MPs to have a say on public holiday proclamations
MPs have given the green light to legislation requiring the proclamation of public holidays to go before the House of Assembly.
David Burt, the Premier, told the House the practice under the Public Holidays Act 1947 had been for the Governor to issue proclamations without parliamentary scrutiny.
But Mr Burt said it had recently been found that the process needed to go through negative resolution.
Negative resolution procedures allow an order to come into effect provided no one objects to it in Parliament.
The Statutory Instruments Act 1977 states that where the negative resolution procedure applies, “copies of the statutory instrument shall be laid before both Houses of the Legislature as soon as practicable after the statutory instrument is made”.
Speaking on Wednesday night in the House, Mr Burt said: “The legislature was most recently invited to consider a proclamation for a public holiday on October 18, 2021 to mark the Olympic success of Dame Flora Duffy.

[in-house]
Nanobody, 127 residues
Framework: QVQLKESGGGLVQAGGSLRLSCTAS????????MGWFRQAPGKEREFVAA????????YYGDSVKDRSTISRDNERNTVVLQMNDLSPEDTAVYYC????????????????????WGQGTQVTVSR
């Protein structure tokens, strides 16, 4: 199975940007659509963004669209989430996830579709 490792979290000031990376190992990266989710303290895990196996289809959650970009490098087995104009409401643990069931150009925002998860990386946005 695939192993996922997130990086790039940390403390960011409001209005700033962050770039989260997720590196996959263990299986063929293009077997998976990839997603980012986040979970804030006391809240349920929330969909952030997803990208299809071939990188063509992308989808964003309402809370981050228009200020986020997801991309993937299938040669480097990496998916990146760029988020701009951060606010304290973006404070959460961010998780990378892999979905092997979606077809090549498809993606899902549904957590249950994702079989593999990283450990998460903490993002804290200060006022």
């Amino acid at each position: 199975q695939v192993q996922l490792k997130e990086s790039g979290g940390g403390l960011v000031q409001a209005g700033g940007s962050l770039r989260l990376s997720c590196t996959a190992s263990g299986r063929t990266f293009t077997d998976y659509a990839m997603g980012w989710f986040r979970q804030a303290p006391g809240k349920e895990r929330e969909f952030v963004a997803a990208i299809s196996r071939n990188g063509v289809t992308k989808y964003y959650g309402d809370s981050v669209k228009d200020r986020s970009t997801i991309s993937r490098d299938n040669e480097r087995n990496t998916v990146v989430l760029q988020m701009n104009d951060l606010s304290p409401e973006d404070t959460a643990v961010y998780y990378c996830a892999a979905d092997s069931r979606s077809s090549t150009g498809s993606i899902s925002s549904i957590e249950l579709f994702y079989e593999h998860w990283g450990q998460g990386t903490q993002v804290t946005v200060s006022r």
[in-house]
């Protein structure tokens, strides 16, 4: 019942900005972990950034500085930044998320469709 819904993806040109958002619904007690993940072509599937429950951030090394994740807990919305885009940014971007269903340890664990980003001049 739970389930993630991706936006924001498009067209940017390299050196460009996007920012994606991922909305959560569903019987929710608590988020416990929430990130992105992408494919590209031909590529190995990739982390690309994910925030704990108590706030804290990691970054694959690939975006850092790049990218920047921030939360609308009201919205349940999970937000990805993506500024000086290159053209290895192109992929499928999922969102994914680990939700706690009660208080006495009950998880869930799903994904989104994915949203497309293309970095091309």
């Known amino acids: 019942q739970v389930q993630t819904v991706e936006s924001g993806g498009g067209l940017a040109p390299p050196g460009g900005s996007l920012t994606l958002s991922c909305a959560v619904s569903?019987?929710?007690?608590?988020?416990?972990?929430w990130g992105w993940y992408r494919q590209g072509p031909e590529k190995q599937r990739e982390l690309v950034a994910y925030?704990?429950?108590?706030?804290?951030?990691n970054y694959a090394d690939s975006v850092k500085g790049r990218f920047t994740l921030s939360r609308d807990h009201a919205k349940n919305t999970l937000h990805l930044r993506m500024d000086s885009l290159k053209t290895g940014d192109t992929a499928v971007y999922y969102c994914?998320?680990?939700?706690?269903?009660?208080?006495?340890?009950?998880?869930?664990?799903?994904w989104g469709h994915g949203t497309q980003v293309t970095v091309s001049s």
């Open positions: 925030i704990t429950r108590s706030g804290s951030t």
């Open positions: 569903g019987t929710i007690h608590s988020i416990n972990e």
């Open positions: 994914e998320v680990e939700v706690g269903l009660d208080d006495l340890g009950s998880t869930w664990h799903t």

“The practice has been to make such proclamations without parliamentary scrutiny.
“However, recent advice from the Attorney-General’s chambers has confirmed that this is not the correct process.”
Mr Burt said that under existing legislation, a statutory instrument included proclamations – and that every statutory instrument made by the Governor was subject to the review of Parliament.
It came as the island faces a May 8 public holiday for the crowning of King Charles.
The legislative amendment, which also validates past proclamations, was passed with the backing of the Opposition.
Cole Simons, the Leader of the Opposition, asked the Premier “how far back are we going” with the proclamation of public holidays.
Mr Burt cited the example of the public holiday last September 19, which was proclaimed by Rena Lalgie, the Governor, to mark the funeral of Queen Elizabeth.